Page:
Like a warning label on a pack of cigarettes, the Cobb County, Ga., textbook sticker says: “This textbook contains material on evolution. Evolution is a theory, not a fact, regarding the origin of living things. This material should be approached with an open mind, studied carefully and critically considered.”
The Cobb County school board placed the disclaimer on the books two years ago after more than 2,000 parents complained the schools were not teaching about the controversy over evolution among scientists and not informing students of alternative theories.
Yesterday, however, American Civil Liberties Union lawyer Michael Manely, representing parents who sued the suburban Atlanta school district over the textbook labeling, contended the school board is “doing more than accommodating religion. They are promoting religious dogma to all students.”
U.S. District Judge Clarence Cooper is expected to take at least a month to hand down a ruling.
A biology textbook author testified in the week-long trial, asserting the school is wrongly bringing religion into its teaching by questioning evolution, which he regards as the foundation for much of modern science.
However, a specialist on the legal aspects of teaching evolution maintains the ACLU is twisting the case, making it an issue of motives and not evidence.
“Perceived motives are irrelevant,” said Seth Cooper, an attorney with the Seattle-based Discovery Institute‘s Center for Science & Culture. “Whether a parent in the community might be religious certainly has no bearing on whether neo-Darwinian and chemical evolutionary theories are supported by scientific data. But such motives are also largely irrelevant to the issues being decided by the judge in this case.”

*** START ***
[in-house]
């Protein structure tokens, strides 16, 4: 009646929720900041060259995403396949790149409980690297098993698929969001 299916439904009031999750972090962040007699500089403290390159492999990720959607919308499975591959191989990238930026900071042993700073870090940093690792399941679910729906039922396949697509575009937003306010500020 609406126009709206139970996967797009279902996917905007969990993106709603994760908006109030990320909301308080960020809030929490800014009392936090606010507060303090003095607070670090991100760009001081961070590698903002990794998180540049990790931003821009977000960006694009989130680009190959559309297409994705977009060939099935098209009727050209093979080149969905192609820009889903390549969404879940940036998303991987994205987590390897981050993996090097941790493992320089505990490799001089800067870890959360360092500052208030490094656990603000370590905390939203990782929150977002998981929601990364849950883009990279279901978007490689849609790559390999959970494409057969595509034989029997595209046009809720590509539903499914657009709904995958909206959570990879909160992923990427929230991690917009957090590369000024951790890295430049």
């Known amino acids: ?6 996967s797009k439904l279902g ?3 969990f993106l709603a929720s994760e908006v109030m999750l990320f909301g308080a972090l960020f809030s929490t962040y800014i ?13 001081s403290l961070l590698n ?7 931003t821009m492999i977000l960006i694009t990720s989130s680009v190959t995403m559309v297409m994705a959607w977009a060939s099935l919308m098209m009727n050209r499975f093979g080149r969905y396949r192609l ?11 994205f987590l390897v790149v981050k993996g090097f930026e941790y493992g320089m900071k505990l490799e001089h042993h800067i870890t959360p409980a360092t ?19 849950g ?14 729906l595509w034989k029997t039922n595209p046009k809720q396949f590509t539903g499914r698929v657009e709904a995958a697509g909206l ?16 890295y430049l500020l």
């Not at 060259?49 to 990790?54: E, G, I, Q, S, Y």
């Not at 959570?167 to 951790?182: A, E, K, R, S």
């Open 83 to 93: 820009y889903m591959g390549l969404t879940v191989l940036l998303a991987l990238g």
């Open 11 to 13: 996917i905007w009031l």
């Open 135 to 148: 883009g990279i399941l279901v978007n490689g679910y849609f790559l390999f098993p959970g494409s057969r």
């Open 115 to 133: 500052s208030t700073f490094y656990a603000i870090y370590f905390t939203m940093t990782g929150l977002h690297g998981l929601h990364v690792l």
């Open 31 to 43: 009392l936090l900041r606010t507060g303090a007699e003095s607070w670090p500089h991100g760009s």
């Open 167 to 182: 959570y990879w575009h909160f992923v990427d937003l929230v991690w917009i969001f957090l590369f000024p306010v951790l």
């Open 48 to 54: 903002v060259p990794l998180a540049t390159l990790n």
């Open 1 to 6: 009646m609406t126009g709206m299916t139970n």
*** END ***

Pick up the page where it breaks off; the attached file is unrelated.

The Discovery Institute has been the biggest promoter of “intelligent design,” a theory that the complexity and order of the universe and mankind suggest the action of an intelligent cause rather than random chance, without attempting to identify that cause.
Seth Cooper argues that First Amendment Establishment Clause cases, centered on religion in public life, should be about actions by governments and not parents, noting the stickers were adopted by the school board.
He pointed out that in an earlier order, Judge Cooper held he would not impute motives of parents to the school board in adopting the sticker.
The judge said the sticker had a dual secular purpose of promoting critical thinking and reducing parental offense in light of expanded evolution coverage in the science curriculum.
“Careful study and open-mindedness are part of good science education,” said the attorney, who helped submit a friend-of-the-court brief in the case on behalf of 30 doctoral scientists.
“Why doesn’t the ACLU want children to learn with an open mind?”
The brief highlights the scientific controversy surrounding neo-Darwinian and chemical evolutionary theories and the importance of critical thinking skills in science education.
The attorney Cooper said he hopes the judge’s decision will reflect a 1987 U.S. Supreme Court ruling, Edwards vs. Aguillard, which recognized it is permissible to teach “scientific critiques of prevailing scientific theories.”
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